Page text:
Anchorage School District unveils ‘career track’ options for high schools

The Anchorage School District on Tuesday unveiled the specific career pathways it proposes to offer to sophomore students in each of the district’s public high schools.

The plan is a tentative one that the Anchorage School Board is set to vote on at its June 4 meeting. The change is set to have significant impact on how high school education is structured in Anchorage schools. The plan is slated to begin in the fall for freshmen, but the full academies won’t launch until 2025.

The career pathways are part of a broader career initiative proposed by the district earlier this school year that administrators have said is intended to better prepare students for the workforce and entice more students to stay in Anchorage after they graduate.

The plan has so far received mixed responses from families, school board members and staff. Many have lauded the opportunity to give students real-world experience and explore career options early on.

“I haven’t been this excited about anything since middle school,” school board president Margo Bellamy said Tuesday.

But others have cast doubt on whether the district has the resources and staff to pull off such a major change amid larger statewide challenges related to funding and teacher retention, and whether adding a required course could take time away from electives like music and art.

During a Tuesday school board work session, administrators announced the academies that students at each school would be able to select from in the 2025-26 school year. They said the specific academies were chosen as part of a yearlong planning process that included feedback from thousands of families, staff and business partners, and an analysis of local and national workforce data.


Selecting a career track will be mandatory for all students, administrators said. If students are interested in a career track at a school they’re not zoned for, they will have the option to transfer or be bused to other schools, administrators said, though the district is still working out the logistics. Each academy can accommodate between 90 and 250 students, administrators said.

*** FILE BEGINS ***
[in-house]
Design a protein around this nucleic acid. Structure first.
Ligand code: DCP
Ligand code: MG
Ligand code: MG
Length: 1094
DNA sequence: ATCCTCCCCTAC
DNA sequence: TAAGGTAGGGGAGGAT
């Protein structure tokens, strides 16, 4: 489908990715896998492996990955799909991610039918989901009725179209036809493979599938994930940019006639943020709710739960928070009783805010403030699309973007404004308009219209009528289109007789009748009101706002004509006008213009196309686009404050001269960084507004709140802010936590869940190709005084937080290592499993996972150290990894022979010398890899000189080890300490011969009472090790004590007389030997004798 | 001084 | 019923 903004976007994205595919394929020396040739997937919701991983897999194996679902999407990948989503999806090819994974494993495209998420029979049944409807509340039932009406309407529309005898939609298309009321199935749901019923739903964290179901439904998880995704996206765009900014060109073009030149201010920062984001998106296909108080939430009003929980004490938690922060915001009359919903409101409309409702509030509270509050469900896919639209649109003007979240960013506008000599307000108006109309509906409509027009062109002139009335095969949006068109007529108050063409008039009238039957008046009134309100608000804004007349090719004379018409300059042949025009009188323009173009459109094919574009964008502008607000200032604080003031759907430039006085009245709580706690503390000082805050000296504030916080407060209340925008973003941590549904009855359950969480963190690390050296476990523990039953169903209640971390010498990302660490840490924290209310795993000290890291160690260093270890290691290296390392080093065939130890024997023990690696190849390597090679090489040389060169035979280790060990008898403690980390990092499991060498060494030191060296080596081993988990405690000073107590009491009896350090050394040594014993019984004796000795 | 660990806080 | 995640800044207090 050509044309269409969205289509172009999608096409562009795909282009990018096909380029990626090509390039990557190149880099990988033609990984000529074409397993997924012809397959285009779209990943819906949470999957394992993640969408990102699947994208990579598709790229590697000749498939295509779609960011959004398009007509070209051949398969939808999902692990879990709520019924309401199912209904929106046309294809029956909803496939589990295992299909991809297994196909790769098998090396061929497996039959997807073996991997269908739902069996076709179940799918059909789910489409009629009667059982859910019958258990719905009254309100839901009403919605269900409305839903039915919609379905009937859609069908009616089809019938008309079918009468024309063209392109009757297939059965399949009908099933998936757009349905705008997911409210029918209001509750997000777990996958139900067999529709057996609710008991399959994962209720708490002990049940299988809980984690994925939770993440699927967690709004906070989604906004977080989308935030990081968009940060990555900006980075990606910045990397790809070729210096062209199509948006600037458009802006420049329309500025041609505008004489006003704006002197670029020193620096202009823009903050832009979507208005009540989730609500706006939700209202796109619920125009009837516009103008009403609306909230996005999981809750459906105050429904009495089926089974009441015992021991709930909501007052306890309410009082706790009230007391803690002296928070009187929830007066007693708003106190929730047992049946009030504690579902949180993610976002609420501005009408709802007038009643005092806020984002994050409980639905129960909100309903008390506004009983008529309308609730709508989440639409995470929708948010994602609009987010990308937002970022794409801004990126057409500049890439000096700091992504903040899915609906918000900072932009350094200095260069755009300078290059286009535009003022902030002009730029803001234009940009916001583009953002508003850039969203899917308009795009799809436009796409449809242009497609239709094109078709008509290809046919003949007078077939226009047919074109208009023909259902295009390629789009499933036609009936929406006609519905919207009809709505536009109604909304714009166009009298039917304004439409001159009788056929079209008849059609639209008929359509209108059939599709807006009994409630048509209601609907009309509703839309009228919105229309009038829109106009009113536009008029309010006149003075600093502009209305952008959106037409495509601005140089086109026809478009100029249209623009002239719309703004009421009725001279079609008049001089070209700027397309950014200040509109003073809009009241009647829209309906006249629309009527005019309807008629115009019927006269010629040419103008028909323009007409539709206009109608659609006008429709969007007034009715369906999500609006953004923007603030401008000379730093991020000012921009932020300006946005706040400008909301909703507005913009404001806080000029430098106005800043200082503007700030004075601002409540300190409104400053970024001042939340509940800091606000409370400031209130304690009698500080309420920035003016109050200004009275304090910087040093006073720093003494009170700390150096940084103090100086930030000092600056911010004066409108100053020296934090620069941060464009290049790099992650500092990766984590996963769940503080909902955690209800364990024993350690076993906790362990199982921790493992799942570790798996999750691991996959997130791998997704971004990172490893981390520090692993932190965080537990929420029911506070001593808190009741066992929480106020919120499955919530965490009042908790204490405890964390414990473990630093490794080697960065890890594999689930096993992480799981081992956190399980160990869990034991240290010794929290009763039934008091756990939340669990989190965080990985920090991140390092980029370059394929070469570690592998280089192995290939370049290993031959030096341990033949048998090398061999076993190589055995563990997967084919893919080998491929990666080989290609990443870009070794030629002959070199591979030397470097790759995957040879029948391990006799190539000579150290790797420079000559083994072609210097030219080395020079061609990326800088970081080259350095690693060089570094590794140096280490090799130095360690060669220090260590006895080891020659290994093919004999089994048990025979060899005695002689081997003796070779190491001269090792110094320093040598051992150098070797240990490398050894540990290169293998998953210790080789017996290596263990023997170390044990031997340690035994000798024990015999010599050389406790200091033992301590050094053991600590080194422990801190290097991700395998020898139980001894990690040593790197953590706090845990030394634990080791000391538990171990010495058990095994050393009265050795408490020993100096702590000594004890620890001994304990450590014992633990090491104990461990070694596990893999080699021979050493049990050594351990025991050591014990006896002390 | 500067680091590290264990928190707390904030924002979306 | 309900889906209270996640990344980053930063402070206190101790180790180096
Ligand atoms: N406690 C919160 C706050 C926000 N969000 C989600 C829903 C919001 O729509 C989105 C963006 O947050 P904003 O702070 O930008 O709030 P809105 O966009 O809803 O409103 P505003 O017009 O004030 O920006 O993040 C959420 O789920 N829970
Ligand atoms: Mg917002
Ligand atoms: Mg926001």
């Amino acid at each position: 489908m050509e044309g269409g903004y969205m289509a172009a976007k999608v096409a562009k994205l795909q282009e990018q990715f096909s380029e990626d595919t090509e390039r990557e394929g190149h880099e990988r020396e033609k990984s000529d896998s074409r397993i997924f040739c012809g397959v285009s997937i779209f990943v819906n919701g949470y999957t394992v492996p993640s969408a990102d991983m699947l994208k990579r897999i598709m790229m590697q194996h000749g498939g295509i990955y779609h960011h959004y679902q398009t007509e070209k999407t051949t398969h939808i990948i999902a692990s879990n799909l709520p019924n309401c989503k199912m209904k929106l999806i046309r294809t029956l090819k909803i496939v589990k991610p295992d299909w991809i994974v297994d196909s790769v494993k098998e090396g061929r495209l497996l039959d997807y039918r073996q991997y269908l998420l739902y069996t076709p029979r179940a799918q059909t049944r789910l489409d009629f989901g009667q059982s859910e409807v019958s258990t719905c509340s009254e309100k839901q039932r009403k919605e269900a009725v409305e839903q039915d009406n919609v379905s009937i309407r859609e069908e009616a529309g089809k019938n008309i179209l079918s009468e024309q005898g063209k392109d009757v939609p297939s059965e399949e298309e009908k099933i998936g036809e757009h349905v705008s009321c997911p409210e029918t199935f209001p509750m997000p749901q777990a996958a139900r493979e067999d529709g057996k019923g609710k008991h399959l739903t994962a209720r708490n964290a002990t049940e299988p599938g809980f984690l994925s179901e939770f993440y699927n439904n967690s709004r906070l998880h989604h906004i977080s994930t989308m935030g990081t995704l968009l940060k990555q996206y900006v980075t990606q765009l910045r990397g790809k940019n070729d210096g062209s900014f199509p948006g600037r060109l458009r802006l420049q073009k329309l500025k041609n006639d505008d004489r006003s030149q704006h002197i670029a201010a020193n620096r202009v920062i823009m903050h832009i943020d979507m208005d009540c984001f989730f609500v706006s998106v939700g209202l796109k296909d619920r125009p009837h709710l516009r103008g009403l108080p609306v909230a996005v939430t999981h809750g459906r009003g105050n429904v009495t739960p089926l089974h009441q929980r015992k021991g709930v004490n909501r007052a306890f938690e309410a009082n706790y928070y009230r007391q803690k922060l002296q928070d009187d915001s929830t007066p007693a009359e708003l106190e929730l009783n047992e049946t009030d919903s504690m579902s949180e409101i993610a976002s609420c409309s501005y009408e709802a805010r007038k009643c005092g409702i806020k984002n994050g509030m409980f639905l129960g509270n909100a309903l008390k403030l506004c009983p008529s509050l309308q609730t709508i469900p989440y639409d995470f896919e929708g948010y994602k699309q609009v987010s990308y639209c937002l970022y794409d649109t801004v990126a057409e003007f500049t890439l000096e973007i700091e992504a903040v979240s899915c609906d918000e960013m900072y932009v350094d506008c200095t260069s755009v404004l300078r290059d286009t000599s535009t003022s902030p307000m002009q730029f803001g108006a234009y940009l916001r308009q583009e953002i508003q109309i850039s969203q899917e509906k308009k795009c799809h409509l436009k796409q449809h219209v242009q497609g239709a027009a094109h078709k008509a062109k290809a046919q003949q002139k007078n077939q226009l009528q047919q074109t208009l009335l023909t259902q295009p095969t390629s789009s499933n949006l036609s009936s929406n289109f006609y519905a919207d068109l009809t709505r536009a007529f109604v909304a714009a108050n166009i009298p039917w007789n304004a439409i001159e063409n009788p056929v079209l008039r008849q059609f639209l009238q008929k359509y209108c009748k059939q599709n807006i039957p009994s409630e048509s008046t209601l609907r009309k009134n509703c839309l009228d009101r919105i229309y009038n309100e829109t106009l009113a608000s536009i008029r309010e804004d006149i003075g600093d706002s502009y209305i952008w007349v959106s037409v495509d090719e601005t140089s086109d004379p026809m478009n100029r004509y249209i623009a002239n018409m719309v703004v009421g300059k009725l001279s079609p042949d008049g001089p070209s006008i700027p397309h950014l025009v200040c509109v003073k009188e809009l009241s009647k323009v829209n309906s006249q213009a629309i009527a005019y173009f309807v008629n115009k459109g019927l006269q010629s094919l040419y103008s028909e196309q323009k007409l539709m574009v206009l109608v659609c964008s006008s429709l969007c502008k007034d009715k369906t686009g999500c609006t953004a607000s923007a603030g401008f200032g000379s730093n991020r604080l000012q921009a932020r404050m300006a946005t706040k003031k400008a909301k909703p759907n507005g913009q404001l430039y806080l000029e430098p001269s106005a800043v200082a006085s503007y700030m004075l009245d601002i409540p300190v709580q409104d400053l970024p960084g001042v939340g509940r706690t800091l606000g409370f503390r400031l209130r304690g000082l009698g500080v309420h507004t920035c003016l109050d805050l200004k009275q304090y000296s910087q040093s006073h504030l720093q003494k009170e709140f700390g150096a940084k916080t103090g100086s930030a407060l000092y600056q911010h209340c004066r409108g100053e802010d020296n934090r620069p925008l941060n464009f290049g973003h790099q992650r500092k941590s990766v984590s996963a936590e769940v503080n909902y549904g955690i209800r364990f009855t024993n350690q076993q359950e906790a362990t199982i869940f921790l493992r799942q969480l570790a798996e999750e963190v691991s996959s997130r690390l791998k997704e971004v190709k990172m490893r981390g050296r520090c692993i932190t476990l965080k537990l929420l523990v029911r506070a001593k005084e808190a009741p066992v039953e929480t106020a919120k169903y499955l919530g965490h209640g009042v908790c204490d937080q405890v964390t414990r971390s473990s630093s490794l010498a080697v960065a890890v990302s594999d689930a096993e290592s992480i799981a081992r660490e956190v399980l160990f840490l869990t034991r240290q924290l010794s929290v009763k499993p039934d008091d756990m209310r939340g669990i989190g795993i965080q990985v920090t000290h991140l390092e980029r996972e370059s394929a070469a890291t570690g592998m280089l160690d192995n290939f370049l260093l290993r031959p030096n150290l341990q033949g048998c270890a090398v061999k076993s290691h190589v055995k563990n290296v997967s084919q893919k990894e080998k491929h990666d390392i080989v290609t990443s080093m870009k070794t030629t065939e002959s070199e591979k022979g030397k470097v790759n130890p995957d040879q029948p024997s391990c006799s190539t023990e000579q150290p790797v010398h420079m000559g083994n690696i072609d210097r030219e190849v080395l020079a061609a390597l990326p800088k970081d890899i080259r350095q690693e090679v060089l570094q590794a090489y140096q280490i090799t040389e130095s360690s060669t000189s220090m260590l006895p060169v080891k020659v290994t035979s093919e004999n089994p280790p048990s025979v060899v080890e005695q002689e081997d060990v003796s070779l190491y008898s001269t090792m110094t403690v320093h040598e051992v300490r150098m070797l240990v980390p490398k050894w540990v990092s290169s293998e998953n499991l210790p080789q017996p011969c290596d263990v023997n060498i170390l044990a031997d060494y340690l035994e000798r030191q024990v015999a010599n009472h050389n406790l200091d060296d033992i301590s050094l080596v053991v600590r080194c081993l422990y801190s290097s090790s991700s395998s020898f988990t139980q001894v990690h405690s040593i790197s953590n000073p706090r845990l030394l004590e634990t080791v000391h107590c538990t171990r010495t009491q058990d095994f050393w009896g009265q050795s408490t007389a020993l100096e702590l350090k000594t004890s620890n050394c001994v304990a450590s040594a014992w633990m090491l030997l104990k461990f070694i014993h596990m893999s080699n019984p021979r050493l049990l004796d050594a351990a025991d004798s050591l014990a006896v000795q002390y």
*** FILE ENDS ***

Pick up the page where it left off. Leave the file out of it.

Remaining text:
Lingering questions

Despite emerging staffing and funding concerns, the initiative is set to begin next fall with a freshman academy that all ninth grade students will be required to take. As part of that class, students will spend one designated class period per day exploring career possibilities and their own skills and interests. It will replace a required social studies course.

Beginning in the 2025-26 school year, sophomore students will choose a career track and pathway that they will focus on for their remaining three years of high school, the district said. The tracks will include job trainings, internships and certifications meant to help prepare students for life after graduation.

In order to pull off the academies, the district will need an estimated $3.5 million in additional annual funding and 30 more full-time teachers starting in the 2025-26 school year, Kersten Johnson-Struempler, the district’s senior director of secondary education, said Tuesday.

She said the district will need to secure grants, solicit donations or adjust its operating budget to afford the academies. Johnson-Struempler previously named funding and staffing as two of the biggest challenges to pulling off the academies. Other school districts around the country that have launched a similar model have significantly more funding and less severe staffing shortages, school board members and administrators have said.